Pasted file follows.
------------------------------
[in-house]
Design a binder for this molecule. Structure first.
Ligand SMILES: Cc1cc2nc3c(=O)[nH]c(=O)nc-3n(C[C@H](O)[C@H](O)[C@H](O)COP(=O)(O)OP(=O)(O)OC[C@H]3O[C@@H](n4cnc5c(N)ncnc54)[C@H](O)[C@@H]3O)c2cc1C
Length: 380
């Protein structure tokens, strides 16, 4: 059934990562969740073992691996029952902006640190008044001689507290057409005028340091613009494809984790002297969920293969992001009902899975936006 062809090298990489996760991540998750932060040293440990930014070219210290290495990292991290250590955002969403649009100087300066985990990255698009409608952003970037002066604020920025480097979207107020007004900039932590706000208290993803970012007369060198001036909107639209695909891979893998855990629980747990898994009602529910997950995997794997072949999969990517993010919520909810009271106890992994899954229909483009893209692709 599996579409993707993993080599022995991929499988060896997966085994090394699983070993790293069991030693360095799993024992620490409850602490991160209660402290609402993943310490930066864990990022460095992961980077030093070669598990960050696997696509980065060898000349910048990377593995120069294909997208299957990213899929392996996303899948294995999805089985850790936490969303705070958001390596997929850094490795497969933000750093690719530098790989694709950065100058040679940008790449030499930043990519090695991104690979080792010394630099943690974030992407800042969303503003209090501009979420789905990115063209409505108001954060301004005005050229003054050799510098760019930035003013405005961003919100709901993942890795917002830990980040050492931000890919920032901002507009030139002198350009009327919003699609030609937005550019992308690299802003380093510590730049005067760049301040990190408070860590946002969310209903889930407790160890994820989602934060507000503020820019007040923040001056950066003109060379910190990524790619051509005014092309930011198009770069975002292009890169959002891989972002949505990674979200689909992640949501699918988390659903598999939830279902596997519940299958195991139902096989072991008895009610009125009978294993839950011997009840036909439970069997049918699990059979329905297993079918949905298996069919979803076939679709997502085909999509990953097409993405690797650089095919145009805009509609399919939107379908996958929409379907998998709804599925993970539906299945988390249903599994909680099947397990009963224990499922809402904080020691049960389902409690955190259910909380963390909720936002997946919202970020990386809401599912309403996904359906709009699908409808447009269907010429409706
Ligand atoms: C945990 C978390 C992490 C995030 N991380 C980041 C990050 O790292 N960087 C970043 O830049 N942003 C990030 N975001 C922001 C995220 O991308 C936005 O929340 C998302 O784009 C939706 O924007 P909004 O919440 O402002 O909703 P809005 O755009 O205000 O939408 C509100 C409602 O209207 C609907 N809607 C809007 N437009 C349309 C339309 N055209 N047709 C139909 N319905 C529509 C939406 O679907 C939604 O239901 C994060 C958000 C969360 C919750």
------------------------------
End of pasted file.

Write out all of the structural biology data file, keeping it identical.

[in-house]
Design a binder for this molecule. Structure first.
Ligand SMILES: Cc1cc2nc3c(=O)[nH]c(=O)nc-3n(C[C@H](O)[C@H](O)[C@H](O)COP(=O)(O)OP(=O)(O)OC[C@H]3O[C@@H](n4cnc5c(N)ncnc54)[C@H](O)[C@@H]3O)c2cc1C
Length: 380
């Protein structure tokens, strides 16, 4: 059934990562969740073992691996029952902006640190008044001689507290057409005028340091613009494809984790002297969920293969992001009902899975936006 062809090298990489996760991540998750932060040293440990930014070219210290290495990292991290250590955002969403649009100087300066985990990255698009409608952003970037002066604020920025480097979207107020007004900039932590706000208290993803970012007369060198001036909107639209695909891979893998855990629980747990898994009602529910997950995997794997072949999969990517993010919520909810009271106890992994899954229909483009893209692709 599996579409993707993993080599022995991929499988060896997966085994090394699983070993790293069991030693360095799993024992620490409850602490991160209660402290609402993943310490930066864990990022460095992961980077030093070669598990960050696997696509980065060898000349910048990377593995120069294909997208299957990213899929392996996303899948294995999805089985850790936490969303705070958001390596997929850094490795497969933000750093690719530098790989694709950065100058040679940008790449030499930043990519090695991104690979080792010394630099943690974030992407800042969303503003209090501009979420789905990115063209409505108001954060301004005005050229003054050799510098760019930035003013405005961003919100709901993942890795917002830990980040050492931000890919920032901002507009030139002198350009009327919003699609030609937005550019992308690299802003380093510590730049005067760049301040990190408070860590946002969310209903889930407790160890994820989602934060507000503020820019007040923040001056950066003109060379910190990524790619051509005014092309930011198009770069975002292009890169959002891989972002949505990674979200689909992640949501699918988390659903598999939830279902596997519940299958195991139902096989072991008895009610009125009978294993839950011997009840036909439970069997049918699990059979329905297993079918949905298996069919979803076939679709997502085909999509990953097409993405690797650089095919145009805009509609399919939107379908996958929409379907998998709804599925993970539906299945988390249903599994909680099947397990009963224990499922809402904080020691049960389902409690955190259910909380963390909720936002997946919202970020990386809401599912309403996904359906709009699908409808447009269907010429409706
Ligand atoms: C945990 C978390 C992490 C995030 N991380 C980041 C990050 O790292 N960087 C970043 O830049 N942003 C990030 N975001 C922001 C995220 O991308 C936005 O929340 C998302 O784009 C939706 O924007 P909004 O919440 O402002 O909703 P809005 O755009 O205000 O939408 C509100 C409602 O209207 C609907 N809607 C809007 N437009 C349309 C339309 N055209 N047709 C139909 N319905 C529509 C939406 O679907 C939604 O239901 C994060 C958000 C969360 C919750």